Congress examines need for more and better day-care facilities

Two current examples of problems in the fragile child-care system in the United States illustrate why efforts are under way in Congress that proponents hope will eventually strengthen the system. In a deteriorated neighborhood in the Washington, D.C., area, a three-year-old's baby sitter sometimes fails to show up. When that happens, the mother - a single parent afraid that if she stays home she will lose her modest job - keeps her oldest daughter out of school to baby-sit: She is in kindergarten. The last time she was in charge, she took her little sister to a nearby store, through busy streets where drug dealing and crime are problems, to buy candy.

Unknown millions of American mothers are unable to find adequate and reliable child care. The problem is particularly acute among the poor. A 1985 study found that among families with less than $10,000 in annual income, only 17 percent of three-year-olds, and not quite one-third of four-years-olds, were enrolled in preschool programs.

In a city north of Boston a child-care center with an excellent reputation has been advertising for two months for a director. There has not been one qualified applicant.

Director salaries are low and the workload is heavy. Depending on the section of the country and size of the center, salaries generally range from slightly more than $10,000 to just above $20,000, with the majority in the mid to high teens. For this pay, they frequently work 80 or more hours a week, under great pressure. Child-care teachers are paid less.

Although the center near Boston is offering nearly $20,000, that is significantly less than salaries in public schools, which have hired away many day-care administrators and teachers in the last few years. Public schools also offer benefits that child-care centers can only rarely match. As a consequence child-care centers are having great difficulty attracting qualified staff members. This holds down both the number of facilities able to open, and the quality of those that exist, experts say.

At the moment congressional action on child care is in the exploratory stage, with backers, like Sen. Christopher Dodd (D) of Connecticut, holding hearings, as he did late last week, on problems and solutions.

One of Congress's major social efforts this year is likely to be in welfare reform. For months many welfare experts have been telling congressional committees that for young mothers to get off welfare, there must be more good day-care facilities, with government subsidies so mothers can afford them. Across the US average annual day-care costs are $3,000 a child, says Helen Blank, director of child care for the Children's Defense Fund. ``Yet,'' she adds, ``in 1984 ... two-thirds of women heading single-parent families'' earned so little that they were still below the poverty level: For them, $3,000 is unaffordable.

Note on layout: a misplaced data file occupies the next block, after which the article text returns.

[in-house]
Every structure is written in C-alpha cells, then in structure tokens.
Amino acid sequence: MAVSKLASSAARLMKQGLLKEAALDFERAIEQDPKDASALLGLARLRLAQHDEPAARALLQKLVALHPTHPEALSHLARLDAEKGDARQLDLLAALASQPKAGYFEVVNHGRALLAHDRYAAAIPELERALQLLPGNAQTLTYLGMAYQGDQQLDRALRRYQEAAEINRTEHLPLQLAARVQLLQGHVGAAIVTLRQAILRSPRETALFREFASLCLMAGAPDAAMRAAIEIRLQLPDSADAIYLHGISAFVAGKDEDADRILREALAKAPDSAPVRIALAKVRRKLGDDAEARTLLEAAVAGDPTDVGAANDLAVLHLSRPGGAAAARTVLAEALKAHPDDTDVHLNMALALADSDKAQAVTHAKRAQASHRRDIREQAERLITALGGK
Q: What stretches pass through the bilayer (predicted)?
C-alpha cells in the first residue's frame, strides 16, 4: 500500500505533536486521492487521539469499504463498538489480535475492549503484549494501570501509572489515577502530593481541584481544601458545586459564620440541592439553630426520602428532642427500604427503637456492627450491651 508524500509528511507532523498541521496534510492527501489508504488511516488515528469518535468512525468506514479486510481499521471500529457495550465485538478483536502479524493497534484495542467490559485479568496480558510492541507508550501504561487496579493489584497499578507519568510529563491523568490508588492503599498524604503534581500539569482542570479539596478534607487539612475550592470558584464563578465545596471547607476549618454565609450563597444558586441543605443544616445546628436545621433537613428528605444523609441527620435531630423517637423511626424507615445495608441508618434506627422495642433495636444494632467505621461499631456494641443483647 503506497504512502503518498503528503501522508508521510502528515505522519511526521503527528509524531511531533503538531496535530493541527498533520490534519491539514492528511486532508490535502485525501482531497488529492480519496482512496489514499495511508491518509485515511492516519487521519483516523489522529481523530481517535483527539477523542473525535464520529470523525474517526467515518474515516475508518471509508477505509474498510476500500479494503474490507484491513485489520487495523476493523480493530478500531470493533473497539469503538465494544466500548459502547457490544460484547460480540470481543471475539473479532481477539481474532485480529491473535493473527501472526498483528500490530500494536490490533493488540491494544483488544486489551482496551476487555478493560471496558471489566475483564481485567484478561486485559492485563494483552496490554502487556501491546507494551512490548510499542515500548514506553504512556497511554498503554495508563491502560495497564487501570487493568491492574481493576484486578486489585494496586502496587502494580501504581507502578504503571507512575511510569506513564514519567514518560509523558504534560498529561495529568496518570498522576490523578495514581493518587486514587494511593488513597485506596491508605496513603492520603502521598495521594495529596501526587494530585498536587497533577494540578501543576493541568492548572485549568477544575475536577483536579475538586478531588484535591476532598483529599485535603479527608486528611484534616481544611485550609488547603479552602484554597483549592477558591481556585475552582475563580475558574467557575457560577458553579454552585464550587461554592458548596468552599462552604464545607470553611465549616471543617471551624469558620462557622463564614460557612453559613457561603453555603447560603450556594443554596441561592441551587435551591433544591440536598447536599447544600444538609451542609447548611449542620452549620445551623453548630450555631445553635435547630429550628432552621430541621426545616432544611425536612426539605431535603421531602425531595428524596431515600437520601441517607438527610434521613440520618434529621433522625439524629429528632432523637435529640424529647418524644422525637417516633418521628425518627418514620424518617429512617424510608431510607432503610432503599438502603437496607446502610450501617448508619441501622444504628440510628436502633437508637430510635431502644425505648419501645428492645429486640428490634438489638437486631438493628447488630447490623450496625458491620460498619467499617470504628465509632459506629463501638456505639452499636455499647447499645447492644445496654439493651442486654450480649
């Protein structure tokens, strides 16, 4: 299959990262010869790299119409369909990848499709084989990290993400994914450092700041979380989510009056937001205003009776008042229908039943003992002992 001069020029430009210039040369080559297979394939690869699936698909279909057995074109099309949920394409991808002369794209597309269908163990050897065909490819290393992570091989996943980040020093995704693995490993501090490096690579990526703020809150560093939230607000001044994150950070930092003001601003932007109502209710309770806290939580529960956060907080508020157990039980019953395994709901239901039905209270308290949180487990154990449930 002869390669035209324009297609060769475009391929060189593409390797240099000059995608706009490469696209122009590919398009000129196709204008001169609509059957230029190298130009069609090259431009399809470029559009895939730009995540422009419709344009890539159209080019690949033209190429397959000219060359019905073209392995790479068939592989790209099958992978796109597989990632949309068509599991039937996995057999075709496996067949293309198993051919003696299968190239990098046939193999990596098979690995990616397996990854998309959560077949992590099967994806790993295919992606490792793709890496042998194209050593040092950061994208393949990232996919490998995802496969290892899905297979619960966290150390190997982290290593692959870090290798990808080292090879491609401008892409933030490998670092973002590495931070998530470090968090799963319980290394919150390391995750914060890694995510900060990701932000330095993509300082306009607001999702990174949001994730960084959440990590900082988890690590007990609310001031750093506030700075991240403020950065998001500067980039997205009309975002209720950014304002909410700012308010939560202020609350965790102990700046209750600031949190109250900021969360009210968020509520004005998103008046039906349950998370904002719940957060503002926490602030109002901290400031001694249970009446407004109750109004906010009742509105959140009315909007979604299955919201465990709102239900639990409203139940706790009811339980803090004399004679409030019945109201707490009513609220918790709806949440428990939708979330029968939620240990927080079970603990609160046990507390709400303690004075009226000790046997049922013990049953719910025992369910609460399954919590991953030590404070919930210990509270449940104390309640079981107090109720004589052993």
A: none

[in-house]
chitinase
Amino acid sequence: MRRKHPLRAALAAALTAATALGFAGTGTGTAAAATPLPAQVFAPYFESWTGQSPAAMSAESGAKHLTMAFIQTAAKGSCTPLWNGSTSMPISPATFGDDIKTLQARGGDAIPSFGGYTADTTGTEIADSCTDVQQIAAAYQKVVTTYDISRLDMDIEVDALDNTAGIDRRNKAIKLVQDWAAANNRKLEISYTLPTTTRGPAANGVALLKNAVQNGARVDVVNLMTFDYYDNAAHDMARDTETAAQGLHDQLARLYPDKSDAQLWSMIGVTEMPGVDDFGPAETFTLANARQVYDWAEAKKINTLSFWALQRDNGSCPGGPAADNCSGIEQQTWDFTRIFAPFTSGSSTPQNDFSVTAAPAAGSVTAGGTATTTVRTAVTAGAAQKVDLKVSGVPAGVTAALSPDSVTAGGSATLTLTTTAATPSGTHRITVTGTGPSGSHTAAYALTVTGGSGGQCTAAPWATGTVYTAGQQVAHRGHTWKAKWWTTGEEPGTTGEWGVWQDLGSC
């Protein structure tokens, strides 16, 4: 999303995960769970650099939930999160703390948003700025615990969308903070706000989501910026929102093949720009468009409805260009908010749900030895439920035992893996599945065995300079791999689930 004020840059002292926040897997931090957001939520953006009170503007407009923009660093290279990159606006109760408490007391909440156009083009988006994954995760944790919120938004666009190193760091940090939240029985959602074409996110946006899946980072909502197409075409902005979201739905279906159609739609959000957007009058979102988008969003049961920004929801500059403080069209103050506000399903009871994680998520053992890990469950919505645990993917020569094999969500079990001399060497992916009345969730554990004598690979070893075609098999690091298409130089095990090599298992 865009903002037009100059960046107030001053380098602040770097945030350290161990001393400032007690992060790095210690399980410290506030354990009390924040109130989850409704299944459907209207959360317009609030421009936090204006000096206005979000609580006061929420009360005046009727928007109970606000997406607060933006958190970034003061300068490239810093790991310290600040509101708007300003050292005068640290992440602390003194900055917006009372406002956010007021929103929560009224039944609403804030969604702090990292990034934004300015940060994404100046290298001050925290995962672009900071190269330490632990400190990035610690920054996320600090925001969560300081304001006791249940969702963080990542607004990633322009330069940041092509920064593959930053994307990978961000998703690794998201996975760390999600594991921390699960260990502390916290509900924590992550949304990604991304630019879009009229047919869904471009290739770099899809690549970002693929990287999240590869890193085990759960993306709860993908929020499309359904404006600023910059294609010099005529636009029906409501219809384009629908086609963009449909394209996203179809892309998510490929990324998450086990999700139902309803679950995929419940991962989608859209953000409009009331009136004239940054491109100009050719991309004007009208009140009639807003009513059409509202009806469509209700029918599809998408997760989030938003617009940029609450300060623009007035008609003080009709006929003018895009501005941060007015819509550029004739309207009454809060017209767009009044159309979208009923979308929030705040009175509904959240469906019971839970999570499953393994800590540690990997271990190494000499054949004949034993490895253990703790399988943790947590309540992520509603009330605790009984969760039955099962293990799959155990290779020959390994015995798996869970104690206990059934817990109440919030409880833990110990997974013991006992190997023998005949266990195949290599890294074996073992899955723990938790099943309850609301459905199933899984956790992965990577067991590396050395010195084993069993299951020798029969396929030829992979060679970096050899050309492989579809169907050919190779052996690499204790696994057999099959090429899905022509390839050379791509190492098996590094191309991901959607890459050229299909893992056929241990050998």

Major congressional action is extremely unlikely until next year at the earliest, and probably not until 1989 when a new administration is in place in the White House. Many day-care proponents hope it will be more amenable than the current one to additional federal funds for child care.

Liberals have some conservative allies in Congress, like Sen. Orrin Hatch (R) of Utah, provided, he says, they do not propose ``just another big federal program - you don't have enough money in the federal budget to do that.'' Senator Dodd says that is not the intent.

Senator Hatch says many churches and other private organizations already provide excellent child care, both for preschoolers and youngsters who need a safe place to go between the time school lets out and their parents come home from work. These facilities could be expanded to cover the immense unmet need across the US, he says, ``but we have to have some incentives'' from Uncle Sam. ``It's time for the conservatives to wake up,'' says Hatch of his colleagues. ``They're going to have [to provide] more effective leadership on this problem ... [but] we've got to really think it through.''

More than half of all American women with children less than one year old, work at least part-time outside the home, as do nearly 70 percent of mothers of schoolage youngsters, Dodd says, and the percentages are expected to grow.

The longer it takes government to decide what to do, child-care advocates say, the more serious the problem will become.

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